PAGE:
PHOTO BY ANNA GOODSON
When the students at Pecan Park Elementary School hear the familiar crackle of the intercom on Friday mornings, they know what’s coming next. They must pay close attention to Principal Wanda Quon’s calming voice as she reads from a selected text, then correctly answer questions about the passage to win the prize: a snack and their name posted on the hallway wall.
This weekly quiz—the “Principal’s Challenge”—is just one way Wanda tries to challenge the typical educational environment.
“I have the philosophy and belief that school should be fun. Sure, you’ve got to do the academic part of it, but this is a child’s life,” Wanda said. “If you’re going to make it where they hate school, if you’re going to make it where it’s boring—pencil and paper—we’re not going to get anything out of them.”
The 24-year veteran in administration at Pecan Park has fond memories of her own early education. She attributes her passion for academia to her 3rd grade teacher at St. Patrick in Lake Providence, Louisiana.— Sister Mary Joseph. Wanda said, Sister Josephwas never afraid to hike up her habit and play with her students.
The principal displayed her own playfulness recently when she launched a campaign that rewarded students who completed a series of reading assignments with the opportunity to “slime” their favorite teacher. “It was cold,” Wanda said with a shiver. “That’s the thing I remember most about the slime.”
Similar campaigns allowed readers to put on a karaoke show, have their photograph taken in a picture booth and visit with a live pig.
The long-time educator’s persistence is apparent in the way she finds ways to excite students about reading. Several photos of Wanda with book-toting, smiling children hang on her office door. Any student can sign up to read a book to their principal. In return, Wanda writes a personalized note thanking each student.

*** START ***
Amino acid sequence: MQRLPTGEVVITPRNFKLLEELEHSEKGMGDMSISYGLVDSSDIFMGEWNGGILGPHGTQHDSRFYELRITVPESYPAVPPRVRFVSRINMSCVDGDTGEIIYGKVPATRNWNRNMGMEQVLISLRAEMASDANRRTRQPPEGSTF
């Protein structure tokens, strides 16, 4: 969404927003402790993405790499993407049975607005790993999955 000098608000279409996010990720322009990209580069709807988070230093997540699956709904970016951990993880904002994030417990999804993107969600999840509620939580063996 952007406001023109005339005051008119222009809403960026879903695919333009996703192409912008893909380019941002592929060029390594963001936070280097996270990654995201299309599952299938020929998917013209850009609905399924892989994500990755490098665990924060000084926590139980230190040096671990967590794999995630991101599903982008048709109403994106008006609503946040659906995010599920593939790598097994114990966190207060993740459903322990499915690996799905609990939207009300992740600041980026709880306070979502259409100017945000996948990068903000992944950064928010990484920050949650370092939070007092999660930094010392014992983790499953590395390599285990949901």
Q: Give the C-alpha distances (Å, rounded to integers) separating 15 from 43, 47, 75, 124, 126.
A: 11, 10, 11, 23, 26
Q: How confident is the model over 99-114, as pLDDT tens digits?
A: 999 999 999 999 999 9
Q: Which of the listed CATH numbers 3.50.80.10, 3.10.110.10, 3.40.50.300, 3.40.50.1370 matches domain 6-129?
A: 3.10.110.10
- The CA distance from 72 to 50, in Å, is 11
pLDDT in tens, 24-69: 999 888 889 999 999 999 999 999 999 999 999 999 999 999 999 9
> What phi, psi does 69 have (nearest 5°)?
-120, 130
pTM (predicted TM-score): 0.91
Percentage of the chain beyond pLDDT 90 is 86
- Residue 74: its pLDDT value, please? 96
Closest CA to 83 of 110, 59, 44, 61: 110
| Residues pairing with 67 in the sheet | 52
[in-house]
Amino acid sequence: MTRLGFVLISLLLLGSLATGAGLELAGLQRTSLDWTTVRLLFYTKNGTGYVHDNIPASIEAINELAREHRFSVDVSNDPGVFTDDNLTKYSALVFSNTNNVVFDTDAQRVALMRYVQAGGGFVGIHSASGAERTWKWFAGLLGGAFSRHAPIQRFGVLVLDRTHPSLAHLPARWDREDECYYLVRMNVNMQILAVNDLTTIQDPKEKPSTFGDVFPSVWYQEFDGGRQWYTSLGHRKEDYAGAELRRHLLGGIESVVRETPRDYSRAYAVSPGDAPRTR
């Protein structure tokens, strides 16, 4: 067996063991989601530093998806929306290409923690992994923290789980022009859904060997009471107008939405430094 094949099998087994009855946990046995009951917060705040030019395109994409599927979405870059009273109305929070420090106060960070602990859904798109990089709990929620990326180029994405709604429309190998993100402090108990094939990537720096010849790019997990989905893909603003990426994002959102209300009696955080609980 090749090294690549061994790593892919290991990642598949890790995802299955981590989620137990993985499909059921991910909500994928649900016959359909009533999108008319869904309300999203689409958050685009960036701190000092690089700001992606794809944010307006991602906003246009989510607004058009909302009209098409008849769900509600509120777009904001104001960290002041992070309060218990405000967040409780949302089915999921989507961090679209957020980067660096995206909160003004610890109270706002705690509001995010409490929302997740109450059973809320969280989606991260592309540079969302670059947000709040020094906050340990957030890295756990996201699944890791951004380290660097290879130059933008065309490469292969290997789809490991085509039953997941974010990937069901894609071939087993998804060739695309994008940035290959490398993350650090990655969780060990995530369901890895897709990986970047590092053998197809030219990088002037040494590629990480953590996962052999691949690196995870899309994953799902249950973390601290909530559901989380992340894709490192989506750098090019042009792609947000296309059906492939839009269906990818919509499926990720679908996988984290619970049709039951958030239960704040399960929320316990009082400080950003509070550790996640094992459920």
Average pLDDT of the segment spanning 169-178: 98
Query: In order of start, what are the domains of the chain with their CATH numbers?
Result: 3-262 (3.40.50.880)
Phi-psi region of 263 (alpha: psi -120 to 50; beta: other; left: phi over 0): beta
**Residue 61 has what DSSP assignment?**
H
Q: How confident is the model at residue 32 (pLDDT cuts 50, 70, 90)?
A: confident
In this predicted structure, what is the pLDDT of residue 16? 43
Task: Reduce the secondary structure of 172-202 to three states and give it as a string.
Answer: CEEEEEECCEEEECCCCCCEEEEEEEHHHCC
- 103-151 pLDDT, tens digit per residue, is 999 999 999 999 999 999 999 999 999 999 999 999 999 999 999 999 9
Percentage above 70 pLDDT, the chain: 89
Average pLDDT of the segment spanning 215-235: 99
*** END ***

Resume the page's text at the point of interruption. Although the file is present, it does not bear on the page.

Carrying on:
It’s that kind of interaction that Wanda has prioritized in the principal’s office. With over a decade of teaching under her belt, she knows how important it is to develop relationships with her students and staff. Growing up in a Chinese family in rural Louisiana helps to emphasize her idea.
Wanda remembers Sister Joseph visiting her family to include them in several community activities when she was a child. Because there were not many Chinese families in Lake Providence, the Sister’s hospitality helped Wanda to feel “not so segregated.”
“I try to bring that inclusiveness that I think I had,” she said.
Wanda was born in Louisiana, where her parents migrated from China. Her family spoke Chinese in her childhood home, making English her second language. Because of that background, Wanda is looking forward to Pecan Park becoming the first school in central Mississippi to host special English Language Learner (ELL) classes starting next year.
Still, if you hear an accent from Wanda, it’s a Southern one.